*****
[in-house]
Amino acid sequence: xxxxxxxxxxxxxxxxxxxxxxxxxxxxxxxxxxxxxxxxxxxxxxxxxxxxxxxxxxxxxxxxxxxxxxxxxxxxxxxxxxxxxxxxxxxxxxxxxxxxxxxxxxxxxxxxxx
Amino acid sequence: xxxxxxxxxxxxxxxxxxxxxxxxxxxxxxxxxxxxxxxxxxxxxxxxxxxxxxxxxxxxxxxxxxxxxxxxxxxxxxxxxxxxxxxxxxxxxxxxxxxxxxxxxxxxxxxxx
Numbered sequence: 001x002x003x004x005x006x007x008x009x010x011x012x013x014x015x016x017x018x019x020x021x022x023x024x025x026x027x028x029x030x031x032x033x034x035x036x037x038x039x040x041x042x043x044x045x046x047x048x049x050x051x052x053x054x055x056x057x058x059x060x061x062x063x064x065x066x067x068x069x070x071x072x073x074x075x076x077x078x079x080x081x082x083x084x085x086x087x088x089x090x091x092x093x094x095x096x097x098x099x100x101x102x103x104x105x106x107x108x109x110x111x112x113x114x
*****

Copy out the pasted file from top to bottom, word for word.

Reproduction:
[in-house]
Amino acid sequence: xxxxxxxxxxxxxxxxxxxxxxxxxxxxxxxxxxxxxxxxxxxxxxxxxxxxxxxxxxxxxxxxxxxxxxxxxxxxxxxxxxxxxxxxxxxxxxxxxxxxxxxxxxxxxxxxxx
Amino acid sequence: xxxxxxxxxxxxxxxxxxxxxxxxxxxxxxxxxxxxxxxxxxxxxxxxxxxxxxxxxxxxxxxxxxxxxxxxxxxxxxxxxxxxxxxxxxxxxxxxxxxxxxxxxxxxxxxxx
Numbered sequence: 001x002x003x004x005x006x007x008x009x010x011x012x013x014x015x016x017x018x019x020x021x022x023x024x025x026x027x028x029x030x031x032x033x034x035x036x037x038x039x040x041x042x043x044x045x046x047x048x049x050x051x052x053x054x055x056x057x058x059x060x061x062x063x064x065x066x067x068x069x070x071x072x073x074x075x076x077x078x079x080x081x082x083x084x085x086x087x088x089x090x091x092x093x094x095x096x097x098x099x100x101x102x103x104x105x106x107x108x109x110x111x112x113x114x